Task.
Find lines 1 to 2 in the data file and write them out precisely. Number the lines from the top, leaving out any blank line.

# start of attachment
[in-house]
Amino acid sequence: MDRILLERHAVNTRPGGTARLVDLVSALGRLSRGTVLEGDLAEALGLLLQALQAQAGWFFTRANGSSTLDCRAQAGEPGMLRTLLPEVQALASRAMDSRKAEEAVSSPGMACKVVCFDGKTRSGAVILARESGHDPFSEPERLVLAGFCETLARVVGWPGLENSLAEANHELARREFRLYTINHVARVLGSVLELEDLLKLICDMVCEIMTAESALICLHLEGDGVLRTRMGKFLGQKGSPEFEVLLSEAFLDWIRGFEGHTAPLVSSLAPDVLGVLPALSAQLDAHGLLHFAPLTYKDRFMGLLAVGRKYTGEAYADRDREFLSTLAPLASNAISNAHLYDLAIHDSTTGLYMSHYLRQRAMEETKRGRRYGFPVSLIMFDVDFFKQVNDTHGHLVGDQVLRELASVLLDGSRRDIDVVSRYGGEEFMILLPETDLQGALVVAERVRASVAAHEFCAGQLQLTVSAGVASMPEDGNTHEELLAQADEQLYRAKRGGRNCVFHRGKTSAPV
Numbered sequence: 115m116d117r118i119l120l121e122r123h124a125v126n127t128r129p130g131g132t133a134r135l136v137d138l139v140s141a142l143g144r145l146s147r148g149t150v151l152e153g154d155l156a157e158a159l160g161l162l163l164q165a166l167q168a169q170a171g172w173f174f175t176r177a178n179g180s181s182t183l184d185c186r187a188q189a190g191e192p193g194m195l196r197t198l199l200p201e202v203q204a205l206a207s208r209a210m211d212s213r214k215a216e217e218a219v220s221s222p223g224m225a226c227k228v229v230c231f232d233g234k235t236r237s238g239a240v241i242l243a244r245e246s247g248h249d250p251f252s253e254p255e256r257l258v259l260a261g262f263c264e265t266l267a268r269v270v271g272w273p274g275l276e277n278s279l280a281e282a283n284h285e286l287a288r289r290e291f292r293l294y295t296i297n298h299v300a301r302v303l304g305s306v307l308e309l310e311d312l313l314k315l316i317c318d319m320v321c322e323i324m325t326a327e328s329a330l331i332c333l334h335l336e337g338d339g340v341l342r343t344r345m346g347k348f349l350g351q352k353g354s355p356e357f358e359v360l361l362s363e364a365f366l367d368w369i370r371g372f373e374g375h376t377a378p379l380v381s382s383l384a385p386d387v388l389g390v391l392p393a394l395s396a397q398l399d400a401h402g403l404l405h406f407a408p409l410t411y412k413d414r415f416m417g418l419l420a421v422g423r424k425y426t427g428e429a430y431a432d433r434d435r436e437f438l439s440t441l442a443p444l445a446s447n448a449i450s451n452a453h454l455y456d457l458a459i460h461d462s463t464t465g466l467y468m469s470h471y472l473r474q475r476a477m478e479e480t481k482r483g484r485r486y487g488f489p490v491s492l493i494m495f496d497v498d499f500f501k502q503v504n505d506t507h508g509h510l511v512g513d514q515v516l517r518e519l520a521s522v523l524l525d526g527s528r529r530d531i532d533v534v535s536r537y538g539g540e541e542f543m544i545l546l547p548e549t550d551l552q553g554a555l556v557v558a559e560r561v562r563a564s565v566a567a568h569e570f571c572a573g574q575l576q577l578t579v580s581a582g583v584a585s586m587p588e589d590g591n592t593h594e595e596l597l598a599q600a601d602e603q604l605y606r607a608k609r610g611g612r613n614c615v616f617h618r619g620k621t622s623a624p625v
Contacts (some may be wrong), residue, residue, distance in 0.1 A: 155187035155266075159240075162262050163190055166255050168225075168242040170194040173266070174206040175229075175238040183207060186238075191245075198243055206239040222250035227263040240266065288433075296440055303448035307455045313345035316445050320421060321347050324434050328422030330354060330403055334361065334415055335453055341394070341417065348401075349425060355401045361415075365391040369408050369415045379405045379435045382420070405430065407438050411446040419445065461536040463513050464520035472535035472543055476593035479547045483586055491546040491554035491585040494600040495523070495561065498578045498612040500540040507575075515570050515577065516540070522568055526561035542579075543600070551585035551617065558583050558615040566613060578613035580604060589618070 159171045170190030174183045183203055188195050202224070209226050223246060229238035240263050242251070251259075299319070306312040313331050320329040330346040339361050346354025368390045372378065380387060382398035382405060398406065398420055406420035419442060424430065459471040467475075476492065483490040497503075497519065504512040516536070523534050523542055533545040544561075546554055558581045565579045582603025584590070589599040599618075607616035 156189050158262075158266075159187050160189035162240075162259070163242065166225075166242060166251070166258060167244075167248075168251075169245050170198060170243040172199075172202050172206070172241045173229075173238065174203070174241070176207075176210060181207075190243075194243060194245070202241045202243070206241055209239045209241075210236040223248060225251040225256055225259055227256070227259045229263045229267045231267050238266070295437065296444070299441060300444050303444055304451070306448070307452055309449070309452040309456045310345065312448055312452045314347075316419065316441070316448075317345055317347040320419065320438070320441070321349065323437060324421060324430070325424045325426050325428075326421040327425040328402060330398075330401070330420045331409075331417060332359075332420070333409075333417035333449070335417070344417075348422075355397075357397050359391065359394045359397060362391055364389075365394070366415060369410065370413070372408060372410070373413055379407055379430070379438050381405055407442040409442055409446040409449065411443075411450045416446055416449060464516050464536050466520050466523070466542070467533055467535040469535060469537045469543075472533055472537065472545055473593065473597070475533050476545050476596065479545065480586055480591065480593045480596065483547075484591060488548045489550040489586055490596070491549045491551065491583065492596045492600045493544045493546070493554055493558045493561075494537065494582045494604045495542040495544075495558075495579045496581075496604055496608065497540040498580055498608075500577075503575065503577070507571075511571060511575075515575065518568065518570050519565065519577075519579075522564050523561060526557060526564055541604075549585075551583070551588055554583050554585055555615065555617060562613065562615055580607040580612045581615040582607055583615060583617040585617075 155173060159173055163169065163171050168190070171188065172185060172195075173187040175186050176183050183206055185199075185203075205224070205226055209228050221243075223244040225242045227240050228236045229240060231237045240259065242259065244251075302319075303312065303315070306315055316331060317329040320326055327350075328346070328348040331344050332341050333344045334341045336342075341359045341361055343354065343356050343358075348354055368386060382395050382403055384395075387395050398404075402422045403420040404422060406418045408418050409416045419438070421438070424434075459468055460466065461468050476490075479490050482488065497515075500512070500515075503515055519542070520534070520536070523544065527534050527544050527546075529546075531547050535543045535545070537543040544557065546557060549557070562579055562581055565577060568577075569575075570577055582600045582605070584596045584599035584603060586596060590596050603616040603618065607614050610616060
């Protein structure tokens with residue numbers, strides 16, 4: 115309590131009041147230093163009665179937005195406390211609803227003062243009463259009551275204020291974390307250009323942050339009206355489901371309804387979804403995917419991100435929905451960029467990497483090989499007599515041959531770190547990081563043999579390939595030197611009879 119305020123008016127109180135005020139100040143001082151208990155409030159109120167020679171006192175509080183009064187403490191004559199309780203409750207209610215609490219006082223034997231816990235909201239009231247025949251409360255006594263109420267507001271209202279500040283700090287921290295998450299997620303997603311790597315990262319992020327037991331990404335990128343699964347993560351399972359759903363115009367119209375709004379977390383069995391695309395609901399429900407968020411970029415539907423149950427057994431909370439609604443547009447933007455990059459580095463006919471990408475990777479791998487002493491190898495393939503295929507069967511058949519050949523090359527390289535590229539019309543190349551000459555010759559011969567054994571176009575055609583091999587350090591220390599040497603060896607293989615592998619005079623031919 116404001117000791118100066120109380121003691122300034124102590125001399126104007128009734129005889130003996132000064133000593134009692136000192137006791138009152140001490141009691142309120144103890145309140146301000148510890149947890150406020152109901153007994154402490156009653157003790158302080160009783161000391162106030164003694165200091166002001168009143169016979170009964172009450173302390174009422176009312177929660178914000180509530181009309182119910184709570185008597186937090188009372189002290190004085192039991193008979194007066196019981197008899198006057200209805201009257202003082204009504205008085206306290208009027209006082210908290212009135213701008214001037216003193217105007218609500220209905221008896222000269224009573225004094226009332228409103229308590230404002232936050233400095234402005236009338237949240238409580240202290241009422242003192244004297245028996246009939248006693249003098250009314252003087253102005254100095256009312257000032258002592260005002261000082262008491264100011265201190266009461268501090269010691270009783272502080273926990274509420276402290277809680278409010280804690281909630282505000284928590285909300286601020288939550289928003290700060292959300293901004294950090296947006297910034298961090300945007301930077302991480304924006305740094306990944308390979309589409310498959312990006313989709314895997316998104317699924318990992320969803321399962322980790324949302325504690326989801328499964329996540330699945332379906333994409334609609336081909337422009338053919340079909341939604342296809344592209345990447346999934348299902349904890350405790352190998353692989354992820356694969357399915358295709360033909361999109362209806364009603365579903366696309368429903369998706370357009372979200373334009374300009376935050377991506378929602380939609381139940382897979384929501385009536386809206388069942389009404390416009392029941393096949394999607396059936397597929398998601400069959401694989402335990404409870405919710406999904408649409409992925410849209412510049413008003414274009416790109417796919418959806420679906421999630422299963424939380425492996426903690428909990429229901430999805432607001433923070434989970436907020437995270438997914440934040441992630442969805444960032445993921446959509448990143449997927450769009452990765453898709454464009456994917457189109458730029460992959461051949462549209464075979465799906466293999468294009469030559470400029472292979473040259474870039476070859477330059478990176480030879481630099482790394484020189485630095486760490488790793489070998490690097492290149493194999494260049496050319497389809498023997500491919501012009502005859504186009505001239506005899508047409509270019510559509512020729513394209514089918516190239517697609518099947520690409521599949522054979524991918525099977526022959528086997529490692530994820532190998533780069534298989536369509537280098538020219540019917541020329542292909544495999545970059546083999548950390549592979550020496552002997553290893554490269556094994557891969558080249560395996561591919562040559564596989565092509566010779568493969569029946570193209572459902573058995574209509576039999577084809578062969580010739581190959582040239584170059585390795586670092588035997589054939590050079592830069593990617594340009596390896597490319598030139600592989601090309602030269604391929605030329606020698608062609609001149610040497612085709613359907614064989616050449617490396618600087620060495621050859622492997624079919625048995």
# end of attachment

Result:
[in-house]
Amino acid sequence: MDRILLERHAVNTRPGGTARLVDLVSALGRLSRGTVLEGDLAEALGLLLQALQAQAGWFFTRANGSSTLDCRAQAGEPGMLRTLLPEVQALASRAMDSRKAEEAVSSPGMACKVVCFDGKTRSGAVILARESGHDPFSEPERLVLAGFCETLARVVGWPGLENSLAEANHELARREFRLYTINHVARVLGSVLELEDLLKLICDMVCEIMTAESALICLHLEGDGVLRTRMGKFLGQKGSPEFEVLLSEAFLDWIRGFEGHTAPLVSSLAPDVLGVLPALSAQLDAHGLLHFAPLTYKDRFMGLLAVGRKYTGEAYADRDREFLSTLAPLASNAISNAHLYDLAIHDSTTGLYMSHYLRQRAMEETKRGRRYGFPVSLIMFDVDFFKQVNDTHGHLVGDQVLRELASVLLDGSRRDIDVVSRYGGEEFMILLPETDLQGALVVAERVRASVAAHEFCAGQLQLTVSAGVASMPEDGNTHEELLAQADEQLYRAKRGGRNCVFHRGKTSAPV